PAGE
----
Forgery (fake diplomas), corruption (commission, bribery), academic cheating, and inflated grades are very serious problems. But somehow they are overshadowed by language proficiency issues and/or the potential for cheating among those students. They are not learners and humans who make mistakes; they are others with a different language and a disregard for honest learning. So, when the reporter sits down to interview two Chinese students, he starts by praising them about their good English. Naturally, taking his cue, the students also describe the problems with “some [other] Chinese students” (not them) who don’t mingle with and learn English from local students. The fact that those two students went through an on-site, 20-weeks long “foundation program,” which evidently helped them learn about Australian education (meaning that they learned English in context and understood the system and its expectations), seems completely irrelevant — they just learned English! In fact, even when the reporter focuses on the fact that they “never had to take the IELTS” after completing the foundational course, he doesn’t realize that they actually learned academic discourse and skills, that they understood the academic and social context, thereby making language learning meaningful and productive. If they took the language course and are now confident students who get the reporter’s praise for their “language,” then isn’t it possible that a university program for academic transition and academic socialization (not cultural assimilation) did a better job than just requiring them to take a commercialized language test — and better than expecting academic honesty from students by simply scaring the heck out of them? Why is it that the validity and effectiveness of tests like the IELTS are taken for granted? Why is it that teachers don’t feel professionally responsible to teach how to avoid plagiarism?

To show that the universities have the incentive to pass students, a teacher who has a story that fits this charge is now introduced. Plagiarism has dramatically risen among her students. She is overworked. Some students email to indicate that they will commit suicide if she doesn’t pass them. They’re desparate. The university doesn’t care about the challenges. She connects the problems to the greed of universities, highlighting how much money her university makes out of the courses she teaches.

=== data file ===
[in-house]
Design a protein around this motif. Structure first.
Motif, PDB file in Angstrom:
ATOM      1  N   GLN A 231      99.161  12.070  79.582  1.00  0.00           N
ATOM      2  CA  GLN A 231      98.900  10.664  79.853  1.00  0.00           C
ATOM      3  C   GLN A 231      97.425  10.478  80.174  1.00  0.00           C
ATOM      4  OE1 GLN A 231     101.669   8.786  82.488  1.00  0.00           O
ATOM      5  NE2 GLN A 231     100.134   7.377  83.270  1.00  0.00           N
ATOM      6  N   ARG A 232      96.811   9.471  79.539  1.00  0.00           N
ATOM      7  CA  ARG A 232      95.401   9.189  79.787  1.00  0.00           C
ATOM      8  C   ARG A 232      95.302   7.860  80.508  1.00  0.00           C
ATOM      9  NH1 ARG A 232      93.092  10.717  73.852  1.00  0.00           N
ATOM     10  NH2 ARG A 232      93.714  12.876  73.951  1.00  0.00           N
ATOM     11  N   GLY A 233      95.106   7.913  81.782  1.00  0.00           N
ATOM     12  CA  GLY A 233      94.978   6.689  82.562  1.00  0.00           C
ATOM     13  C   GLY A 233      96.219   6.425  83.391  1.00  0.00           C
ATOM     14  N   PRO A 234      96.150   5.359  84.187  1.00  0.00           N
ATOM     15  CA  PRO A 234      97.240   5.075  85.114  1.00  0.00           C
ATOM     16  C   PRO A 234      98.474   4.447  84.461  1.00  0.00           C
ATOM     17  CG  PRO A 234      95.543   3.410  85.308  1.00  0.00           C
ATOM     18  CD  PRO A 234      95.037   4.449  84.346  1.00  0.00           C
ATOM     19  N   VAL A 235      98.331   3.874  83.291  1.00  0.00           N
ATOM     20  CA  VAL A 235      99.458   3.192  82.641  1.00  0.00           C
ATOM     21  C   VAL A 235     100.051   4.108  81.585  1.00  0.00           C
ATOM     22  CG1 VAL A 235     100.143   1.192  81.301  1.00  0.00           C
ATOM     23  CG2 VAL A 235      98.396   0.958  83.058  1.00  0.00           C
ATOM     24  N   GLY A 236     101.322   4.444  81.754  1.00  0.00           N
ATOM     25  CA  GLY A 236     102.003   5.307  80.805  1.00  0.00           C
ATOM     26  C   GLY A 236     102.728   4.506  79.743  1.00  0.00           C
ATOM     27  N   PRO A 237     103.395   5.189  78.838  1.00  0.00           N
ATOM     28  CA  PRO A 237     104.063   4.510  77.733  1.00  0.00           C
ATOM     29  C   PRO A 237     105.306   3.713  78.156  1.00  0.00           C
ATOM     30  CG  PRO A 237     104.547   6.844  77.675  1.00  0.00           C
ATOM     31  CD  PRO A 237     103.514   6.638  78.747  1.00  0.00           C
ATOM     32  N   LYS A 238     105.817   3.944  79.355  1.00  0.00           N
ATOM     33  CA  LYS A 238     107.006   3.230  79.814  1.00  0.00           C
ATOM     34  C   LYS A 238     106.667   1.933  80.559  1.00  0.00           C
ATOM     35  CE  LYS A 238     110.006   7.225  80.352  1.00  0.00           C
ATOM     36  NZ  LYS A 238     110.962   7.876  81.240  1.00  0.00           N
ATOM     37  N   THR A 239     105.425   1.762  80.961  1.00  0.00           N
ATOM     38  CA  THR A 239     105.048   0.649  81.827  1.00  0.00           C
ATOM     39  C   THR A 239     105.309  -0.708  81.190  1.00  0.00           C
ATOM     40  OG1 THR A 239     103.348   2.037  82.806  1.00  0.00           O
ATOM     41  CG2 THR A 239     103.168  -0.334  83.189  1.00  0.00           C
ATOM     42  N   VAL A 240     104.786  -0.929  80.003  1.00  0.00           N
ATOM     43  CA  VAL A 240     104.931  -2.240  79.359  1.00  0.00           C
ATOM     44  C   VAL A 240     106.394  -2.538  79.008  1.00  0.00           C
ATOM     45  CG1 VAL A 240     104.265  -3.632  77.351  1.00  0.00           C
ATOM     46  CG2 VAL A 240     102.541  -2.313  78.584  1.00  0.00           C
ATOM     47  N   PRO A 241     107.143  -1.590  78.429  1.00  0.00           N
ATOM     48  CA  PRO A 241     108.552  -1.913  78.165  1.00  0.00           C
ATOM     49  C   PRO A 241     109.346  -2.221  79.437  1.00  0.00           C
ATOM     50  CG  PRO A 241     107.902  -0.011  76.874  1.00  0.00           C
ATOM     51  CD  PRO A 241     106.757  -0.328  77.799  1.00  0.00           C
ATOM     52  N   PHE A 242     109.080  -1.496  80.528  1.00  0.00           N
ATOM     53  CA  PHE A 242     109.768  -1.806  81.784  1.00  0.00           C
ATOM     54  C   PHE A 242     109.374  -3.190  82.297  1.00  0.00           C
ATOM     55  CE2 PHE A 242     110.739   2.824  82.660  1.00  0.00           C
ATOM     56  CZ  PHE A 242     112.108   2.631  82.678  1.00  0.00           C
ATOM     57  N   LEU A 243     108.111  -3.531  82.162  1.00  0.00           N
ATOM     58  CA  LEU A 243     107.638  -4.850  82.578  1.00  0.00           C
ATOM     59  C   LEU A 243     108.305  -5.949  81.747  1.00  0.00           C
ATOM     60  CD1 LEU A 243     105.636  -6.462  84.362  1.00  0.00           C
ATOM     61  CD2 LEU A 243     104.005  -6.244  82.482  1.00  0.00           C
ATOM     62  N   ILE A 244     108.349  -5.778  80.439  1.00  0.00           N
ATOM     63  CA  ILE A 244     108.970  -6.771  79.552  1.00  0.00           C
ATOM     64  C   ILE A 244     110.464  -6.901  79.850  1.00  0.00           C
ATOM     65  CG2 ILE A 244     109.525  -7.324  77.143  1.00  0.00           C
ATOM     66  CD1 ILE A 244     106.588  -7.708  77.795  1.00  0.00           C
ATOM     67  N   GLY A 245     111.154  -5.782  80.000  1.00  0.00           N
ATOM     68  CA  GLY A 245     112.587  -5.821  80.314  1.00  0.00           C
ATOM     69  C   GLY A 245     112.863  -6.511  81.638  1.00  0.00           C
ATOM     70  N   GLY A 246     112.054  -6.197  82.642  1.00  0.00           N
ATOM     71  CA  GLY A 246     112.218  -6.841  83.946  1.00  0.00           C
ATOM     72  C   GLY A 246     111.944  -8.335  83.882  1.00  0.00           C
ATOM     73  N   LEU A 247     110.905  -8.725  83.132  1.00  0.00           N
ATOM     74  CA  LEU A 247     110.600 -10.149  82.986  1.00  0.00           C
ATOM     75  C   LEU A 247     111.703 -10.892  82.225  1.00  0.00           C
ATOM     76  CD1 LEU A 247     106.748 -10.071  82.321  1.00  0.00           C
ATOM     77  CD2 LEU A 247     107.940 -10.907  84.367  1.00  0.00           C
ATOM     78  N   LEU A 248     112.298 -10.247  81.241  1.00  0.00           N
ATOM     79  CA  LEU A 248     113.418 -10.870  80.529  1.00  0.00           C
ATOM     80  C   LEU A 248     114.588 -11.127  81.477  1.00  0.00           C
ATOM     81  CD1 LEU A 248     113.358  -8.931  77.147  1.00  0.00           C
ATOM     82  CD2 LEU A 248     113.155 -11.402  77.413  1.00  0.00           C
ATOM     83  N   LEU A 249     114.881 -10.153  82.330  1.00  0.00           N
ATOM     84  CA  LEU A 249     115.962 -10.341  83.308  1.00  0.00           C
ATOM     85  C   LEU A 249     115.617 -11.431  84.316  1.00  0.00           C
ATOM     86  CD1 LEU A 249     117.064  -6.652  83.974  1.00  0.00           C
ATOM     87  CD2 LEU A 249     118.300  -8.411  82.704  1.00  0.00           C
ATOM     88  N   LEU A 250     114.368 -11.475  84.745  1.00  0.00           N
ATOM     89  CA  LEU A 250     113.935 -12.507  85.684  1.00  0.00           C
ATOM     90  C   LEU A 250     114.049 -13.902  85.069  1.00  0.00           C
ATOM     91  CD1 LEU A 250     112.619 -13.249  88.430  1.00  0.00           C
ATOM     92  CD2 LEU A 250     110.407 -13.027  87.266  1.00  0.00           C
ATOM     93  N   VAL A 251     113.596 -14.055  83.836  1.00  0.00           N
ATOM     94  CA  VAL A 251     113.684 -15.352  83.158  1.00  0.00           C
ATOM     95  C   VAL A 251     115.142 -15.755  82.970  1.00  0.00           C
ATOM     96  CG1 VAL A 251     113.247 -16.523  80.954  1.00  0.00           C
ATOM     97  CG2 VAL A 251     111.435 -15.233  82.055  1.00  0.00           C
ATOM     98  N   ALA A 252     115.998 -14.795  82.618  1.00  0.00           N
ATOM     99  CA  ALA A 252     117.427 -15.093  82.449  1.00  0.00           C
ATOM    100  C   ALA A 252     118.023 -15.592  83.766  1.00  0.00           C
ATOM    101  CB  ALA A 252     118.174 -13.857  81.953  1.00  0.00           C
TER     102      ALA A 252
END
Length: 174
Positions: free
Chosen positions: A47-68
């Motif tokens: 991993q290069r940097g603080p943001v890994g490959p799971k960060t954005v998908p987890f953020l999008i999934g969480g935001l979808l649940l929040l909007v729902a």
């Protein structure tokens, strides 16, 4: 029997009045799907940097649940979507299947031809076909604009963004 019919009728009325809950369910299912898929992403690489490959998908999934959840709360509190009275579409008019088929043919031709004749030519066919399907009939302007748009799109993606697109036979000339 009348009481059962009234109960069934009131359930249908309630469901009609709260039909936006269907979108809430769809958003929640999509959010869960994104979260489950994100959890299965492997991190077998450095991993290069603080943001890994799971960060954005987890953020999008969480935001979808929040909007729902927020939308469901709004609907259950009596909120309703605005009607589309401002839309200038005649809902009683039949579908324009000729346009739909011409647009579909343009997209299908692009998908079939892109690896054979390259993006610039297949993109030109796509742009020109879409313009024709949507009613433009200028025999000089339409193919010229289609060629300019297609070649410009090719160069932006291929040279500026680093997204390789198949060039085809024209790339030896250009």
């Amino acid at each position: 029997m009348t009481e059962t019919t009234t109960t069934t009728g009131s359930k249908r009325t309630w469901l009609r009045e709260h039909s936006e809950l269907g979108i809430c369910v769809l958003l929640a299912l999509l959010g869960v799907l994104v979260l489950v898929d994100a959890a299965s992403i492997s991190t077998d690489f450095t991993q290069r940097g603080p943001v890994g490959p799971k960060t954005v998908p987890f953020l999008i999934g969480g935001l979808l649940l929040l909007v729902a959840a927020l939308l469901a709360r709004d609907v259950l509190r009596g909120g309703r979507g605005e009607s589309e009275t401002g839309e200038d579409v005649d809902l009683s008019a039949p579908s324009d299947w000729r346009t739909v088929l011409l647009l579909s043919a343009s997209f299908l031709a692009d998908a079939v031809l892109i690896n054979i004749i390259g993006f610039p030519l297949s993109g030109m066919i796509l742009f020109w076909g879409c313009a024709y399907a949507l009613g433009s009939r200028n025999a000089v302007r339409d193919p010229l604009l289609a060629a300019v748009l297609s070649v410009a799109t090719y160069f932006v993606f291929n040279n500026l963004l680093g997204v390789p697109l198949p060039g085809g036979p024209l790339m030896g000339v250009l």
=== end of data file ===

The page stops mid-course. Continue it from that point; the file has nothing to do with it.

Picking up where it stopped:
Where is the language question? It often morphs or merges into the issue of academic dishonesty. When we return, with more teachers, to the tension between “pressure to pass” and increasing lack of English language proficiency, we get a closer view of the ideology. The academic caliber and success (or failure) of students isn’t discussed in terms of learning opportunity, resources and support systems, effective teaching, effective teachers. Teachers are victims in a world of widespread moral decline — and outsiders are the primary culprits.

Plagiarism doesn’t only have to do with fraud in China, greed among Australian universities, and language deficits among international students. Factors like the following are most likely very big contributors for any student demographics anywhere today: 1) courses being online, where students tend to procrastinate until the last moment, and if teachers don’t try hard to create a community and provide enough support, students resort to dishonesty, 2) the evolution of the internet and changing views toward information vis-a-vis its scarcity and originality in any culture, 3) teachers’ inability to design and implement particular assignments by making learning more appealing than plagiarizing, 4) the kinds of support teachers are able and willing to provide students as the latter work with sources for developing and presenting their own ideas, and so on. But the documentary picks teachers who, like its authors, almost exclusively present the problem of plagiarism as one of dishonesty among those who don’t speak English or those who don’t subscribe to the same worldiview about knowledge. Poor teachers!